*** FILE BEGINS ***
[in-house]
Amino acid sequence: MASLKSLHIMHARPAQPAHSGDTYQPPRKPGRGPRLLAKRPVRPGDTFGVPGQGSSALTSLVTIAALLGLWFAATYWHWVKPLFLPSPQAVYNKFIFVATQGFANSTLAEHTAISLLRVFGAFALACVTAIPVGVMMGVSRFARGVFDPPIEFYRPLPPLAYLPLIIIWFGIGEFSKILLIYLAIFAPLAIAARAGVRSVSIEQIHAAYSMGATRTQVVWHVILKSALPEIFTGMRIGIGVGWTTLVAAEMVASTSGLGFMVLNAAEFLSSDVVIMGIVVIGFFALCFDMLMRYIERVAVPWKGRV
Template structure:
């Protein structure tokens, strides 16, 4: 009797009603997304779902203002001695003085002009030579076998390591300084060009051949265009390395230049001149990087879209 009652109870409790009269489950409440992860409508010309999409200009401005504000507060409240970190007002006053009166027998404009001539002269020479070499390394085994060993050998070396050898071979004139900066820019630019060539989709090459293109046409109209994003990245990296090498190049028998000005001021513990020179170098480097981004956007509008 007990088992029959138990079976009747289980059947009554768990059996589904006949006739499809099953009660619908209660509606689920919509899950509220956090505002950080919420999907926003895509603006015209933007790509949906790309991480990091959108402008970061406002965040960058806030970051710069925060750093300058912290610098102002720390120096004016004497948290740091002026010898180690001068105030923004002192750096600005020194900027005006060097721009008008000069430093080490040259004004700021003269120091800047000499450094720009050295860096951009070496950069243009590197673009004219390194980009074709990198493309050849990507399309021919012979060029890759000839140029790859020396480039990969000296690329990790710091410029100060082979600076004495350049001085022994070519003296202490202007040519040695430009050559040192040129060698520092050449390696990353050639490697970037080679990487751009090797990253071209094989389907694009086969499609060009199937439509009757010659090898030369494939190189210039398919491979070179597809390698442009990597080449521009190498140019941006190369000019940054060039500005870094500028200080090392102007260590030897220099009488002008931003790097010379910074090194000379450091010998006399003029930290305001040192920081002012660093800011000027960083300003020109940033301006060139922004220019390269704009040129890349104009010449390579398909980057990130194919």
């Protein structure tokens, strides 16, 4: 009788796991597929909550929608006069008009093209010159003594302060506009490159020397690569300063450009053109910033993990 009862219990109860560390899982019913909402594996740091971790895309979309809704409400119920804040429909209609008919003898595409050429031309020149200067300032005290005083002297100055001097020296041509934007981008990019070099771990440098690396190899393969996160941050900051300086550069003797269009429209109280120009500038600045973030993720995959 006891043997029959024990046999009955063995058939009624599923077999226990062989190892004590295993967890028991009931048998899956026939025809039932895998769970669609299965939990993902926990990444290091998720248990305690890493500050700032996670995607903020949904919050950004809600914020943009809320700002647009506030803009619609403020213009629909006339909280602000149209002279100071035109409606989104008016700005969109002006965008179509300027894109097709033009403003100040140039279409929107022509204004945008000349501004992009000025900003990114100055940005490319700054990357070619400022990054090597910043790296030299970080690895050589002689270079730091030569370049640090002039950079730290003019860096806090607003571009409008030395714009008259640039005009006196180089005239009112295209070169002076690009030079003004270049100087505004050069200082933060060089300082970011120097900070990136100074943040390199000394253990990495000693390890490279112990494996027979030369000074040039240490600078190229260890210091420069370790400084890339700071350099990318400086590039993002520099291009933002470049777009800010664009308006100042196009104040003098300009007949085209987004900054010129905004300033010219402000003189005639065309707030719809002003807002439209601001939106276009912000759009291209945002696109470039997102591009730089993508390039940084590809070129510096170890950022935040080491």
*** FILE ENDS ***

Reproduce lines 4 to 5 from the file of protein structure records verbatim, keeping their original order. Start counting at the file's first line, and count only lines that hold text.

């Protein structure tokens, strides 16, 4: 009797009603997304779902203002001695003085002009030579076998390591300084060009051949265009390395230049001149990087879209 009652109870409790009269489950409440992860409508010309999409200009401005504000507060409240970190007002006053009166027998404009001539002269020479070499390394085994060993050998070396050898071979004139900066820019630019060539989709090459293109046409109209994003990245990296090498190049028998000005001021513990020179170098480097981004956007509008 007990088992029959138990079976009747289980059947009554768990059996589904006949006739499809099953009660619908209660509606689920919509899950509220956090505002950080919420999907926003895509603006015209933007790509949906790309991480990091959108402008970061406002965040960058806030970051710069925060750093300058912290610098102002720390120096004016004497948290740091002026010898180690001068105030923004002192750096600005020194900027005006060097721009008008000069430093080490040259004004700021003269120091800047000499450094720009050295860096951009070496950069243009590197673009004219390194980009074709990198493309050849990507399309021919012979060029890759000839140029790859020396480039990969000296690329990790710091410029100060082979600076004495350049001085022994070519003296202490202007040519040695430009050559040192040129060698520092050449390696990353050639490697970037080679990487751009090797990253071209094989389907694009086969499609060009199937439509009757010659090898030369494939190189210039398919491979070179597809390698442009990597080449521009190498140019941006190369000019940054060039500005870094500028200080090392102007260590030897220099009488002008931003790097010379910074090194000379450091010998006399003029930290305001040192920081002012660093800011000027960083300003020109940033301006060139922004220019390269704009040129890349104009010449390579398909980057990130194919």
């Protein structure tokens, strides 16, 4: 009788796991597929909550929608006069008009093209010159003594302060506009490159020397690569300063450009053109910033993990 009862219990109860560390899982019913909402594996740091971790895309979309809704409400119920804040429909209609008919003898595409050429031309020149200067300032005290005083002297100055001097020296041509934007981008990019070099771990440098690396190899393969996160941050900051300086550069003797269009429209109280120009500038600045973030993720995959 006891043997029959024990046999009955063995058939009624599923077999226990062989190892004590295993967890028991009931048998899956026939025809039932895998769970669609299965939990993902926990990444290091998720248990305690890493500050700032996670995607903020949904919050950004809600914020943009809320700002647009506030803009619609403020213009629909006339909280602000149209002279100071035109409606989104008016700005969109002006965008179509300027894109097709033009403003100040140039279409929107022509204004945008000349501004992009000025900003990114100055940005490319700054990357070619400022990054090597910043790296030299970080690895050589002689270079730091030569370049640090002039950079730290003019860096806090607003571009409008030395714009008259640039005009006196180089005239009112295209070169002076690009030079003004270049100087505004050069200082933060060089300082970011120097900070990136100074943040390199000394253990990495000693390890490279112990494996027979030369000074040039240490600078190229260890210091420069370790400084890339700071350099990318400086590039993002520099291009933002470049777009800010664009308006100042196009104040003098300009007949085209987004900054010129905004300033010219402000003189005639065309707030719809002003807002439209601001939106276009912000759009291209945002696109470039997102591009730089993508390039940084590809070129510096170890950022935040080491």